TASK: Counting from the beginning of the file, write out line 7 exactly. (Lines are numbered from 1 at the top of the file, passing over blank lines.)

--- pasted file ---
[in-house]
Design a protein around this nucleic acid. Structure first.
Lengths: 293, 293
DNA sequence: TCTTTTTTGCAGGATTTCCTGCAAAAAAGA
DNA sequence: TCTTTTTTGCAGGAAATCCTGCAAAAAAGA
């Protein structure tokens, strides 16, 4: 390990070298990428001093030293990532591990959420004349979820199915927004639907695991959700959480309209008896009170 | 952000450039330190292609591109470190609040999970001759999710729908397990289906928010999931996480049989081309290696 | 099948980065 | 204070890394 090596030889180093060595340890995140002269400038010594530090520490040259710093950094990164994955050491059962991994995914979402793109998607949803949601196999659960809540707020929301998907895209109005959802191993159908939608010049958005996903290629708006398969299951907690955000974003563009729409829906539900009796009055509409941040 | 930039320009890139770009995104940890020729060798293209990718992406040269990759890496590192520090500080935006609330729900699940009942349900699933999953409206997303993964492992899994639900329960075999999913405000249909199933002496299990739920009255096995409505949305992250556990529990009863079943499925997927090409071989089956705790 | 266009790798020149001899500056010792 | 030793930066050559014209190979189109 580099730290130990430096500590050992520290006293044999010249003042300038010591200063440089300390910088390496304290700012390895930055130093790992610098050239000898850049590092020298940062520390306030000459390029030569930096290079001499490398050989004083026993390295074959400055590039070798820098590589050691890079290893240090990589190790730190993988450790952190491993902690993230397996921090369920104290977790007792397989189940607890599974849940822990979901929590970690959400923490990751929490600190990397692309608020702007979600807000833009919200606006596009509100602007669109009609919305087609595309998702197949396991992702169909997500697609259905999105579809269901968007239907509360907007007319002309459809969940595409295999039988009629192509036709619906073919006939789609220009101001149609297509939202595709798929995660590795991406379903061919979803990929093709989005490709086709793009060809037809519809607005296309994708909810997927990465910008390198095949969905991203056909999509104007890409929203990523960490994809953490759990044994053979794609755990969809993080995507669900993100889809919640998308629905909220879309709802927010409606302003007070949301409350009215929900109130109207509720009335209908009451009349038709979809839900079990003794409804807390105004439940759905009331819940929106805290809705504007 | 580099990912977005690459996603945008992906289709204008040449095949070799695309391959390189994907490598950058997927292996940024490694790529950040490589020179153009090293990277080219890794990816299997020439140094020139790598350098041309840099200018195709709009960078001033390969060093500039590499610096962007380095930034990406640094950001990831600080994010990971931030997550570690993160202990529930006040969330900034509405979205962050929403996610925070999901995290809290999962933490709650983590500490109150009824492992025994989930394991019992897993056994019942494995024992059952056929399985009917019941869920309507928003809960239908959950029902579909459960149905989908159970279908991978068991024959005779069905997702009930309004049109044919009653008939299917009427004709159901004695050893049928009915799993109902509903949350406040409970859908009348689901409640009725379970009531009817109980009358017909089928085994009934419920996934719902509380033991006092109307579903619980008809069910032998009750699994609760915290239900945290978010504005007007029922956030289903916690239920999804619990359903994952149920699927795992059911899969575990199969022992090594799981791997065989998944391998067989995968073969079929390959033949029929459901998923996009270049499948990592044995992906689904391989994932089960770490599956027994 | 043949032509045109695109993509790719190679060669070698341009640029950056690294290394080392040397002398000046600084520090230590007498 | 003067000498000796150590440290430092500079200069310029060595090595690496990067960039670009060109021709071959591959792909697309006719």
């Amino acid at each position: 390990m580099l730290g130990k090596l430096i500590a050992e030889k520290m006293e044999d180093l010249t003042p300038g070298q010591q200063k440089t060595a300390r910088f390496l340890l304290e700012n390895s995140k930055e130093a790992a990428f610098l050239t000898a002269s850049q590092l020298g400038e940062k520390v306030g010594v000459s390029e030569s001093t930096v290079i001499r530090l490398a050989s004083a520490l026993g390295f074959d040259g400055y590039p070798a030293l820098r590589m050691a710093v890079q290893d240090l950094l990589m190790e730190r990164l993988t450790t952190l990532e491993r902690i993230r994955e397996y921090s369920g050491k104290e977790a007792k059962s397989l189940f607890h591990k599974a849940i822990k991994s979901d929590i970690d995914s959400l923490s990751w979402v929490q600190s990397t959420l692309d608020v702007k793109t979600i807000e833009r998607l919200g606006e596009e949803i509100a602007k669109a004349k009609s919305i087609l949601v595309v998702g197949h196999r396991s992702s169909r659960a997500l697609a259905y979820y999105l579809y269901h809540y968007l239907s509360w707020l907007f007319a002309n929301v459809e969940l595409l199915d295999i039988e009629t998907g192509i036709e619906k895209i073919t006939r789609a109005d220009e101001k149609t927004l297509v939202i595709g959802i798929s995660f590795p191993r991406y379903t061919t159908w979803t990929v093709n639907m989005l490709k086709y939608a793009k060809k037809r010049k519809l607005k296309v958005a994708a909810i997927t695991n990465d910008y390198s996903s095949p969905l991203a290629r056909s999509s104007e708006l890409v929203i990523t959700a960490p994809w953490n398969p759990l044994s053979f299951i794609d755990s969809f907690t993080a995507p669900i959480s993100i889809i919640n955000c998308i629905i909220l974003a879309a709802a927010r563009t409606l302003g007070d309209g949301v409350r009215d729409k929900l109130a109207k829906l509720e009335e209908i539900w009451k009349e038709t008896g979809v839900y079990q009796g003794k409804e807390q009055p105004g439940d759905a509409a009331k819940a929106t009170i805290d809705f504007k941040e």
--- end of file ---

């Amino acid at each position: 390990m580099l730290g130990k090596l430096i500590a050992e030889k520290m006293e044999d180093l010249t003042p300038g070298q010591q200063k440089t060595a300390r910088f390496l340890l304290e700012n390895s995140k930055e130093a790992a990428f610098l050239t000898a002269s850049q590092l020298g400038e940062k520390v306030g010594v000459s390029e030569s001093t930096v290079i001499r530090l490398a050989s004083a520490l026993g390295f074959d040259g400055y590039p070798a030293l820098r590589m050691a710093v890079q290893d240090l950094l990589m190790e730190r990164l993988t450790t952190l990532e491993r902690i993230r994955e397996y921090s369920g050491k104290e977790a007792k059962s397989l189940f607890h591990k599974a849940i822990k991994s979901d929590i970690d995914s959400l923490s990751w979402v929490q600190s990397t959420l692309d608020v702007k793109t979600i807000e833009r998607l919200g606006e596009e949803i509100a602007k669109a004349k009609s919305i087609l949601v595309v998702g197949h196999r396991s992702s169909r659960a997500l697609a259905y979820y999105l579809y269901h809540y968007l239907s509360w707020l907007f007319a002309n929301v459809e969940l595409l199915d295999i039988e009629t998907g192509i036709e619906k895209i073919t006939r789609a109005d220009e101001k149609t927004l297509v939202i595709g959802i798929s995660f590795p191993r991406y379903t061919t159908w979803t990929v093709n639907m989005l490709k086709y939608a793009k060809k037809r010049k519809l607005k296309v958005a994708a909810i997927t695991n990465d910008y390198s996903s095949p969905l991203a290629r056909s999509s104007e708006l890409v929203i990523t959700a960490p994809w953490n398969p759990l044994s053979f299951i794609d755990s969809f907690t993080a995507p669900i959480s993100i889809i919640n955000c998308i629905i909220l974003a879309a709802a927010r563009t409606l302003g007070d309209g949301v409350r009215d729409k929900l109130a109207k829906l509720e009335e209908i539900w009451k009349e038709t008896g979809v839900y079990q009796g003794k409804e807390q009055p105004g439940d759905a509409a009331k819940a929106t009170i805290d809705f504007k941040e």